Because of health concerns, the United States issued an (asbestos ban) in July 1989 for all new asbestos uses. That year, the EPA published the Asbestos: Manufacture, Importation, Processing, and Distribution in Commerce Prohibitions, the effect of which was to eventually ban about 94 percent of the asbestos used in the U.S. (based on 1985 estimates). Most asbestos uses established before this date are still allowed, but are now strictly regulated by the government. (See EPA-Asbestos General Information) EPA established regulations that require school systems to inspect for damaged asbestos and to eliminate or reduce the exposure by removing the asbestos or by covering it up. EPA regulates the release of asbestos from factories and during building demolition or renovation to prevent asbestos from getting into the environment. EPA has proposed a concentration limit of 7 million fibers per liter of drinking water for long fibers (lengths greater than or equal to 5 Âµm).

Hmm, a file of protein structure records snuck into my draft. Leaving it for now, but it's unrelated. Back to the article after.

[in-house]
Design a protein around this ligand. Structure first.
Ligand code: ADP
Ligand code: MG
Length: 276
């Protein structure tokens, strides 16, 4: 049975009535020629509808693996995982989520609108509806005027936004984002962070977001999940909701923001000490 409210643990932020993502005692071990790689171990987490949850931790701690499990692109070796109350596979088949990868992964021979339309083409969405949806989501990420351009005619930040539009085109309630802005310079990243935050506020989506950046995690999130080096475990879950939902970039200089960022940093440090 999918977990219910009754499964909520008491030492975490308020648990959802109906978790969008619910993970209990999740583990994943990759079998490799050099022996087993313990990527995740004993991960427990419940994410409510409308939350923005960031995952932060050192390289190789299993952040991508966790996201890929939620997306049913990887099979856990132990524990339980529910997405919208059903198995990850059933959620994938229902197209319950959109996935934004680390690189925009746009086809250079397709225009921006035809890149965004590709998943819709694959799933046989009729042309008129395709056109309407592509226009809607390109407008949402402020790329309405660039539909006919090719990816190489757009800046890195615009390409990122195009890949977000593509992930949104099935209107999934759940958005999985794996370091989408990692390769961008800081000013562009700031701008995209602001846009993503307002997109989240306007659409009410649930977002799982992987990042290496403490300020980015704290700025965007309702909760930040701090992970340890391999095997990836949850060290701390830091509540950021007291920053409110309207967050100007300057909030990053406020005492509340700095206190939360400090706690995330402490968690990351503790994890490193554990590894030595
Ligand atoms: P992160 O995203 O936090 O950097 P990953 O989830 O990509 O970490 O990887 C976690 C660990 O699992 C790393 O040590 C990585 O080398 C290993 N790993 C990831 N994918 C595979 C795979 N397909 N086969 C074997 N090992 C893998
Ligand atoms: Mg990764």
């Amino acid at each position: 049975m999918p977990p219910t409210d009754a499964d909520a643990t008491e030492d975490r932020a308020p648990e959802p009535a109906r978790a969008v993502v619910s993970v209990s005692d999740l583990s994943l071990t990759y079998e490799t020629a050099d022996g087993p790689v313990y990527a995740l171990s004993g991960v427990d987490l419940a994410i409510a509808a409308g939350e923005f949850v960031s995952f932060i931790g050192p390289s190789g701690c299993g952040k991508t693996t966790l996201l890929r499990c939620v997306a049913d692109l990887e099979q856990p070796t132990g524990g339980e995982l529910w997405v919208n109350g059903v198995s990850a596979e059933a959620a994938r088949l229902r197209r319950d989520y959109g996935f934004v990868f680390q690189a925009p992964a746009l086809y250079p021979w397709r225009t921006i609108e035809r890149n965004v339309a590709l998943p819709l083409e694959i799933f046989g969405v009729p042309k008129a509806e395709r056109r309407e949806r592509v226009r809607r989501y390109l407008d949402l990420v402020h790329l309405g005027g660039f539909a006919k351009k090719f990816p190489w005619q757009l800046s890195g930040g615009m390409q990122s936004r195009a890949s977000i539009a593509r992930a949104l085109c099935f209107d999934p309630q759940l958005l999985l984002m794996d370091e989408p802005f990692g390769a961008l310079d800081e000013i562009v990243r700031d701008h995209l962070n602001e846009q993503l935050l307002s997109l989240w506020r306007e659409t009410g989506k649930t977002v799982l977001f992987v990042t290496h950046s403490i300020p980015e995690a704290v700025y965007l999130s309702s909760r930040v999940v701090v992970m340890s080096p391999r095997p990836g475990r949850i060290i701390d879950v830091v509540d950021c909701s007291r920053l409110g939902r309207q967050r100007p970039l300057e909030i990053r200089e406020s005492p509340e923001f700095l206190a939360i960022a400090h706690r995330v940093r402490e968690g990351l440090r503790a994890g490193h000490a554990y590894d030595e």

The Occupational Safety and Health Administration (OSHA) has set limits of 100,000 fibers with lengths greater than or equal to 5 Âµm per cubic meter of workplace air for 8-hour shifts and 40-hour work weeks.
Asbestosis is a serious, progressive, long-term disease of the lungs. An asbestosis diagnosis is not cancer. Inhaling asbestos fibers irritates and inflame lung tissues, causing the lung tissues to scar and causes asbestosis. The scarring makes it hard to breathe and difficult for oxygen and carbon dioxide pass through the lungs. Asbestosis generally progresses slowly. The latency period for the onset of a confirmed asbestosis diagnosis is typically 10-20 years after the initial exposure. The disease can vary from asymptomatic (no symptoms) to disabling and potentially fatal.